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Tamas Bartfai Named to Head Harold L. Dorris Neurological Research Center at The Scripps Research Institute

La Jolla, CA. November 19, 1999 Noted neuroscientist Tamas Bartfai, Ph.D., has been named director of the newly established Harold L. Dorris Neurological Research Center at The Scripps Research Institute (TSRI). In addition, he will hold the Harold L. Dorris Chair in Neuroscience. The center was formed with a $10 million commitment from Helen L. Dorris of San Diego.

Bartfai is former head of central nervous system research at Hoffman-La Roche, in Basel, Switzerland. Most of his professional career was spent in academia at Stockholm University, most recently as Chairman, Department of Neurochemistry and Neurotoxicity. Born in Budapest, Hungary, he received his undergraduate education there at Eotvos Lorand University and a Ph.D. in biochemistry at Stockholm University. He has served as a visiting scientist at Hadassah- Hebrew University Medical School, Jerusalem; Yale University Medical School; and the Neuropsychiatric Institute at University of California, Los Angeles. Bartfai holds adjunct appointments at The Rockefeller University and Stanford University.

According to William H. Beers, Ph.D., TSRI Senior Vice President and Chief Operating Officer, "We look forward to the leadership that Dr. Bartfai will bring to this newly created research center at TSRI. He is internationally recognized for his accomplishments in the neurosciences and his broad range of interests across a number of disciplines within the field."

Bartfai's work has been directed toward several scientific topics during his 27-year career in the field of physiological chemistry. Most notably, he has made contributions in the fields of the molecular/ biochemical basis of cognition, and the molecular/biochemical basis of fever. His work has implications for such diseases as depression, Alzheimer's disease, schizophrenia and sleep disorders. Involved in the development of psychopharmaceutical agents for the last 20 years, he developed Zimelidine, the first selective serotonin reuptake inhibitor (SSRI) and two anti-psychotic agents used in the treatment of schizophrenia.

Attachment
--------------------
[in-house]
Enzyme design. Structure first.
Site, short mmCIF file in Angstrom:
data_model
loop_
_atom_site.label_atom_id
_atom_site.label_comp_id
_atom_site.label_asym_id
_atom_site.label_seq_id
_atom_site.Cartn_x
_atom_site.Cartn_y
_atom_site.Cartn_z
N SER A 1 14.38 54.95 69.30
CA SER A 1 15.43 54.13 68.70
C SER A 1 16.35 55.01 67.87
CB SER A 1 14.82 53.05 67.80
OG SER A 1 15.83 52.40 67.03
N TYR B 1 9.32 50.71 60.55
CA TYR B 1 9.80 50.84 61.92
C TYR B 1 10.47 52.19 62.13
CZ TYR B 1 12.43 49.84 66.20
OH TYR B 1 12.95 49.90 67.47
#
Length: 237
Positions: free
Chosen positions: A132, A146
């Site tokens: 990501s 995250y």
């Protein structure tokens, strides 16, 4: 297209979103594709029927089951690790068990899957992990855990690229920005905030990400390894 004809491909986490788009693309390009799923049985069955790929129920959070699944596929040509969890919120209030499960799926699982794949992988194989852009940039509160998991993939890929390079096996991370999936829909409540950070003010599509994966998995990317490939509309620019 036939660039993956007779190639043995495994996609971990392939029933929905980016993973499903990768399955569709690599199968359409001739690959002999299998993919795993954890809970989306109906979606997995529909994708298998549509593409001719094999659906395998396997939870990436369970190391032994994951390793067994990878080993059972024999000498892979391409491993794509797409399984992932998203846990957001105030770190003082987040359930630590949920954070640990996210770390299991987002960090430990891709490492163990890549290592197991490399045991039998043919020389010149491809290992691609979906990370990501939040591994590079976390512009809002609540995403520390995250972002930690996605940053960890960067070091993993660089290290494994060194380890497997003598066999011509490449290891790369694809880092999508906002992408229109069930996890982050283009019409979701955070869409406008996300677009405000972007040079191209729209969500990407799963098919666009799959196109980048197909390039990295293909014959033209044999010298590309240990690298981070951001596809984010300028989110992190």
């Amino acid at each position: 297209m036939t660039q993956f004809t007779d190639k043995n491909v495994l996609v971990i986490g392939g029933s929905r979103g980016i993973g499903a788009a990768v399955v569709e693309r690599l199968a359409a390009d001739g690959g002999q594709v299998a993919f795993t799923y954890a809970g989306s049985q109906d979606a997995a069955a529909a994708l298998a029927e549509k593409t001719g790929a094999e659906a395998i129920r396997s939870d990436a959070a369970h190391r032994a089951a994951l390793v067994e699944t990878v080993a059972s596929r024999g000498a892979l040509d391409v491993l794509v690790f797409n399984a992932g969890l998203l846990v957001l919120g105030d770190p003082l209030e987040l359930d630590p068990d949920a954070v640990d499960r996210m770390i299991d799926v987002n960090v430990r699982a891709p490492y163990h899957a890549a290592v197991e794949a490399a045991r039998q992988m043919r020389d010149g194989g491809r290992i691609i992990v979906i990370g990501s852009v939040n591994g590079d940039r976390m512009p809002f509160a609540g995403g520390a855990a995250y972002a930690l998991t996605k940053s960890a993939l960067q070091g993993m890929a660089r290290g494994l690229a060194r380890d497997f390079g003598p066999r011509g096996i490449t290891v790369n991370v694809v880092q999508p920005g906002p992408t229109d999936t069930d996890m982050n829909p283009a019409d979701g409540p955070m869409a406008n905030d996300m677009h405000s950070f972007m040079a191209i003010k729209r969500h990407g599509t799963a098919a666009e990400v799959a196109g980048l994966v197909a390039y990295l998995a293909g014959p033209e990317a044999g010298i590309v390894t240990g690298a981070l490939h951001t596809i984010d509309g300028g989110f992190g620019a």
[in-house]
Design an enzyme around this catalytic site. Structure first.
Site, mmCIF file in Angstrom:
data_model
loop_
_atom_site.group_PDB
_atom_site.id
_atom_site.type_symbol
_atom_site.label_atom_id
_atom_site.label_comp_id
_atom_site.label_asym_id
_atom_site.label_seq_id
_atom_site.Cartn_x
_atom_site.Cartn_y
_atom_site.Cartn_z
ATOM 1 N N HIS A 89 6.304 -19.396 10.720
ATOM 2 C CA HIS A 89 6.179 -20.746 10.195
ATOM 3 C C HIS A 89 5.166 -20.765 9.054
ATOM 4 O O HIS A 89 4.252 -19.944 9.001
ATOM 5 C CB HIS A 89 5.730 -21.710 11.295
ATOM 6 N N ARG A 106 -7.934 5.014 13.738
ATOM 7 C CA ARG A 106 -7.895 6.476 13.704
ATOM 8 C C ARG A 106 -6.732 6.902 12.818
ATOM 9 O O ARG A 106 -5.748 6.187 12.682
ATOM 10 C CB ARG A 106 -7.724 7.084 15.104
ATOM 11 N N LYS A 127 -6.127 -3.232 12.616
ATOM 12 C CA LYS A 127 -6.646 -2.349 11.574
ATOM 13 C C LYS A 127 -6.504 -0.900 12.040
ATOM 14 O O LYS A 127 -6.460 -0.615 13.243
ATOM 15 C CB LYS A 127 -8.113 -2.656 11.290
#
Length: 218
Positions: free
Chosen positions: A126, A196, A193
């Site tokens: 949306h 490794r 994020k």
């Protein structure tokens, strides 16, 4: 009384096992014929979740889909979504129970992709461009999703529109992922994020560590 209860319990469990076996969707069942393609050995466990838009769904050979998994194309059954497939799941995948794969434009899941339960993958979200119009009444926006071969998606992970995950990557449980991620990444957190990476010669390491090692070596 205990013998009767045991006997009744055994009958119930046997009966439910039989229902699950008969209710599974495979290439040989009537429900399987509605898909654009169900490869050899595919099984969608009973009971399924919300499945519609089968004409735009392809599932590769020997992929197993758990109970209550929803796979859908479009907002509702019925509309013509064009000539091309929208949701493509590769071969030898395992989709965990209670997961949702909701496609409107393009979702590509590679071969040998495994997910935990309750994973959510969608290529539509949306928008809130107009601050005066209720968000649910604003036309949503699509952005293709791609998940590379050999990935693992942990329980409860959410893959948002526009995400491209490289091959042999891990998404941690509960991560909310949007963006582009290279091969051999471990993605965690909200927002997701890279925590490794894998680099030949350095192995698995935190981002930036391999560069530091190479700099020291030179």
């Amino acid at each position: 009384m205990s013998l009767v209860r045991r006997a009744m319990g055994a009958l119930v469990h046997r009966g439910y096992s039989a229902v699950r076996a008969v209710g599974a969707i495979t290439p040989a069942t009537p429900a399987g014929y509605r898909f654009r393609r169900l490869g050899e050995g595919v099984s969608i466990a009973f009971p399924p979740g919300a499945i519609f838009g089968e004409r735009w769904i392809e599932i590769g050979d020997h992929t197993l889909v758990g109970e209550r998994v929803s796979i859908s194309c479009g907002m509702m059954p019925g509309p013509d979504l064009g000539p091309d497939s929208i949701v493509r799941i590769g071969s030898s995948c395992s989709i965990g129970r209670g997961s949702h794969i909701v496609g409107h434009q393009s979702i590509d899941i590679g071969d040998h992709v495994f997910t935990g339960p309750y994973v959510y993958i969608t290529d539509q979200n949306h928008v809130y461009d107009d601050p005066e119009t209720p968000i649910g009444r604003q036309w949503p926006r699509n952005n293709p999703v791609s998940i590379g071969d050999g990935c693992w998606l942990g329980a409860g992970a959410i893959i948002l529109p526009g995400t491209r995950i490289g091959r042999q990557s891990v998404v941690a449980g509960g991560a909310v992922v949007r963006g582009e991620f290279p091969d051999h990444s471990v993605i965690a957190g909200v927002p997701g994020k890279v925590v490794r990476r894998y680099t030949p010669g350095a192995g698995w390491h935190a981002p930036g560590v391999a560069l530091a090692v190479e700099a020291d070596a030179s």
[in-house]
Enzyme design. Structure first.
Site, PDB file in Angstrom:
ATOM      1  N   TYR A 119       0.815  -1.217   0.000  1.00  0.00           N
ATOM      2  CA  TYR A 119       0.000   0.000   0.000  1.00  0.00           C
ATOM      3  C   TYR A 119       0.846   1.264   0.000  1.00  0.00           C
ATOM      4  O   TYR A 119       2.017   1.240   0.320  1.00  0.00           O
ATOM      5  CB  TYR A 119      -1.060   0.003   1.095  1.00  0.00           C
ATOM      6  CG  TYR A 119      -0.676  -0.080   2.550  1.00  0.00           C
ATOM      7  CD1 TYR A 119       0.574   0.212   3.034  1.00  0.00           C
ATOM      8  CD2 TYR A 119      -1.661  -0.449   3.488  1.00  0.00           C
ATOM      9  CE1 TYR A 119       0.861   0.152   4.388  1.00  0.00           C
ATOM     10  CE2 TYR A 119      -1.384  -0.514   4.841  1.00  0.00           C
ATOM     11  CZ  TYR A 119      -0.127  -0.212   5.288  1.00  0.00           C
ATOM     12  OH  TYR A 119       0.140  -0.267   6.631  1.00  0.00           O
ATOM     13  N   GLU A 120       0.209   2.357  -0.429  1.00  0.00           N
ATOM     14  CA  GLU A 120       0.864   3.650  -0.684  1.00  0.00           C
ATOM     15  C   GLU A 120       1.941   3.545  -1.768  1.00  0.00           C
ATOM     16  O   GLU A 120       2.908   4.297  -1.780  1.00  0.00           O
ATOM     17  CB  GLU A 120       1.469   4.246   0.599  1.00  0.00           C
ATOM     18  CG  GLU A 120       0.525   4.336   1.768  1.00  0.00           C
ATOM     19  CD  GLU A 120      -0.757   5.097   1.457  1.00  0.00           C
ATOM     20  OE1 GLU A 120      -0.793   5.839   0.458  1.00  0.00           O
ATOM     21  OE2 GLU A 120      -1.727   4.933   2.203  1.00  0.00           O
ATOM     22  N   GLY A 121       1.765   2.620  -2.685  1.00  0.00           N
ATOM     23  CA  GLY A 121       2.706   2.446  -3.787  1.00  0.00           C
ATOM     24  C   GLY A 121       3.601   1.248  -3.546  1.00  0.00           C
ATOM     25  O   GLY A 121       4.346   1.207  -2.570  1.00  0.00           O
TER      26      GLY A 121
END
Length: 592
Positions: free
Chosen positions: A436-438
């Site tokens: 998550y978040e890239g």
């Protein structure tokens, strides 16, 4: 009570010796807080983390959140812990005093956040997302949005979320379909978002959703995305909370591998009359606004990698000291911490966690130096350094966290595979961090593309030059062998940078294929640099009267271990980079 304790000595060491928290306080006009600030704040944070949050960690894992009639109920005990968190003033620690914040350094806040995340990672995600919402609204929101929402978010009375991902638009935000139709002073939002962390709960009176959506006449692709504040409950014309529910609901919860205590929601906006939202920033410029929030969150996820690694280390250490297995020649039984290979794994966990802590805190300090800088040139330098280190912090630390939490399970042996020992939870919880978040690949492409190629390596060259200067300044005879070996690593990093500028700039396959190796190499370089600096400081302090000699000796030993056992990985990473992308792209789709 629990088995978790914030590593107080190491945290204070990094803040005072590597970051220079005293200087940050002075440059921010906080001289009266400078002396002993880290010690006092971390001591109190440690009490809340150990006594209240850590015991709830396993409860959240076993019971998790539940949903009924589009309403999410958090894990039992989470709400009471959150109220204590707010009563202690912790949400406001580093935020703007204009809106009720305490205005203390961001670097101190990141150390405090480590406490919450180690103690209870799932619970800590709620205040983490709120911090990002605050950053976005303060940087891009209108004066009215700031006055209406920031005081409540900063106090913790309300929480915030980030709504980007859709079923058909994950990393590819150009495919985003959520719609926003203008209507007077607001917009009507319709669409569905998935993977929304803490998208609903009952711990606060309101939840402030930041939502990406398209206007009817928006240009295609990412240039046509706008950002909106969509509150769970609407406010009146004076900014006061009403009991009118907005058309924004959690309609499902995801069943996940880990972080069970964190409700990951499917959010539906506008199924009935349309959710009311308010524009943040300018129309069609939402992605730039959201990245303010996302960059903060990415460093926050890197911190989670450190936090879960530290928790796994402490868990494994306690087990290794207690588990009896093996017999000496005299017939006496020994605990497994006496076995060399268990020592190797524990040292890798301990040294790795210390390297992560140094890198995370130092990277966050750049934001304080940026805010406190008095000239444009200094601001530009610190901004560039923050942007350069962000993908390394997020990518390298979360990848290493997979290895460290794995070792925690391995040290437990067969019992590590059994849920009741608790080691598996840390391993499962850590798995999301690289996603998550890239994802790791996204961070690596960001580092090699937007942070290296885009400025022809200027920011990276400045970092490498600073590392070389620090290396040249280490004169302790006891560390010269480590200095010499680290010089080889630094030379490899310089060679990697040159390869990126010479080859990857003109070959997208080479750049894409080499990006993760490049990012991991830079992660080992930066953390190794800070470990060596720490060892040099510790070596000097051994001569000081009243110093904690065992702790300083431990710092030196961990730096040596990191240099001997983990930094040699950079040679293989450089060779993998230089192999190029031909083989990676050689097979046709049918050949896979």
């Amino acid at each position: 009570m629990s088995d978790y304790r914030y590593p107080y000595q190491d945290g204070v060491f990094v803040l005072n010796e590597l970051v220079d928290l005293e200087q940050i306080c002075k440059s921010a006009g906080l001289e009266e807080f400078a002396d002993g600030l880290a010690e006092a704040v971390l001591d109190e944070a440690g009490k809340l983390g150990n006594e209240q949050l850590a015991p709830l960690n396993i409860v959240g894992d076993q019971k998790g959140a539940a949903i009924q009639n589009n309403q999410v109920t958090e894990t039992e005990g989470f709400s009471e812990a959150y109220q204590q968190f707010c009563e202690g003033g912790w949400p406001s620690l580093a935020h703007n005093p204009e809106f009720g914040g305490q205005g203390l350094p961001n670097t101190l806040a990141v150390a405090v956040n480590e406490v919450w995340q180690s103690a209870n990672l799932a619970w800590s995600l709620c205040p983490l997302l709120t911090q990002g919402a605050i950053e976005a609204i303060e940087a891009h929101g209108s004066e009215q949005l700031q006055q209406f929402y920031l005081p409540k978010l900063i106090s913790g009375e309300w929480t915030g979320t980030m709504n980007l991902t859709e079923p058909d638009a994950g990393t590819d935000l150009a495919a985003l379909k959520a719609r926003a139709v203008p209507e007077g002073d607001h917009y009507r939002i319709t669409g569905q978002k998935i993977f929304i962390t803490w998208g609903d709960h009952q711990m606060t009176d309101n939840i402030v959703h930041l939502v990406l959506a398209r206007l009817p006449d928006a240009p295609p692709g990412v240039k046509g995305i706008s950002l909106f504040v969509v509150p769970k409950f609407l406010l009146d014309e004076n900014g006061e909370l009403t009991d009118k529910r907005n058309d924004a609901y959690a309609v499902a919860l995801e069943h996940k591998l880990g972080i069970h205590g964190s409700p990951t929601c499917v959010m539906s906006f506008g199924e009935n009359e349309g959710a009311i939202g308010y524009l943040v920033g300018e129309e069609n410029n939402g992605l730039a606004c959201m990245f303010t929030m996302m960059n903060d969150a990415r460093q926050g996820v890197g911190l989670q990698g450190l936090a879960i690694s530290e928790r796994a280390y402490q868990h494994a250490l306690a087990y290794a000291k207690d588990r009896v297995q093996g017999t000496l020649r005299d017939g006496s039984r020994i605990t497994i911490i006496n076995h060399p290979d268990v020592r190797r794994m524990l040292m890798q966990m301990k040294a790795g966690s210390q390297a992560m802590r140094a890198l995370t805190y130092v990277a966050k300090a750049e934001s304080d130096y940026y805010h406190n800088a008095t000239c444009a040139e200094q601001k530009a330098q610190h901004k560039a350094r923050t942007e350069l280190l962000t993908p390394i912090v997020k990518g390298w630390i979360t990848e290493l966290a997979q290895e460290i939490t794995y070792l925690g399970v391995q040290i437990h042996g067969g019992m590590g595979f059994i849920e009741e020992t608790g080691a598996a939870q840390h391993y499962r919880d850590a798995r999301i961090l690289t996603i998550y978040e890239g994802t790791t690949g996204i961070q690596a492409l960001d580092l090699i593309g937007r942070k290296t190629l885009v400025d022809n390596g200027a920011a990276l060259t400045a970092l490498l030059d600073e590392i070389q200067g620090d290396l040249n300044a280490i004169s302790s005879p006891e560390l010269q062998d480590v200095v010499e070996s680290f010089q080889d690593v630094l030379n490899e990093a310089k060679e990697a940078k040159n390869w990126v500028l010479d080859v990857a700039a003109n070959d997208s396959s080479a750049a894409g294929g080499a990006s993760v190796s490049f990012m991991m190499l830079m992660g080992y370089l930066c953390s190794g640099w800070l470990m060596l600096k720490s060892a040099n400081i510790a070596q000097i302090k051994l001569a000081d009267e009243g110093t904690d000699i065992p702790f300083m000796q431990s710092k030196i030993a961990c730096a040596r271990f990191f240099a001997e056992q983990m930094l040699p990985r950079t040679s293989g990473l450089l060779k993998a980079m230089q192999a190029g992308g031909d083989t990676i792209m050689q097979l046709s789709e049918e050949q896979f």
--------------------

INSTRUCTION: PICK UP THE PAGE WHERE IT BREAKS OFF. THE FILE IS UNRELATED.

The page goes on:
Recently, he has elucidated the molecular mechanism of a new kind of antidepressant, substance P antagonist, which modifies a previously untapped neurochemical system. This finding may lead to the development of new and more effective drug targets against depression, as well as anxiety disorders and schizophrenia. His work on the design, synthesis and biochemical and pharmacological application of the first galanin antagonists was essential for the elucidation of the biological effects of galanin in depression, cognition and pain, and led to the three galanin receptors becoming the target of more than 20 projects in the pharmaceutical industry.

The author of some 260 scientific publications, Bartfai is the recipient of numerous prestigious research awards, including the Eotvos Prize in Chemistry, the Svedberg Prize and the Eriksson Prize. In addition, he has been named a Senior Fullbright Fellow as well as a Fellow of The Neuroscience Institute.

The new center will bring a dedicated effort to providing education and conducting research into neurological disorders, including schizophrenia and Alzheimer's disease, as well as advancing knowledge of the process of aging of the brain. Newly recruited scientists will join in an interdisciplinary focus on the brain, expanding ongoing research currently conducted in TSRI's Departments of Neurobiology, Neuropharmacology, Chemistry and Molecular Biology.

Photo available upon request.

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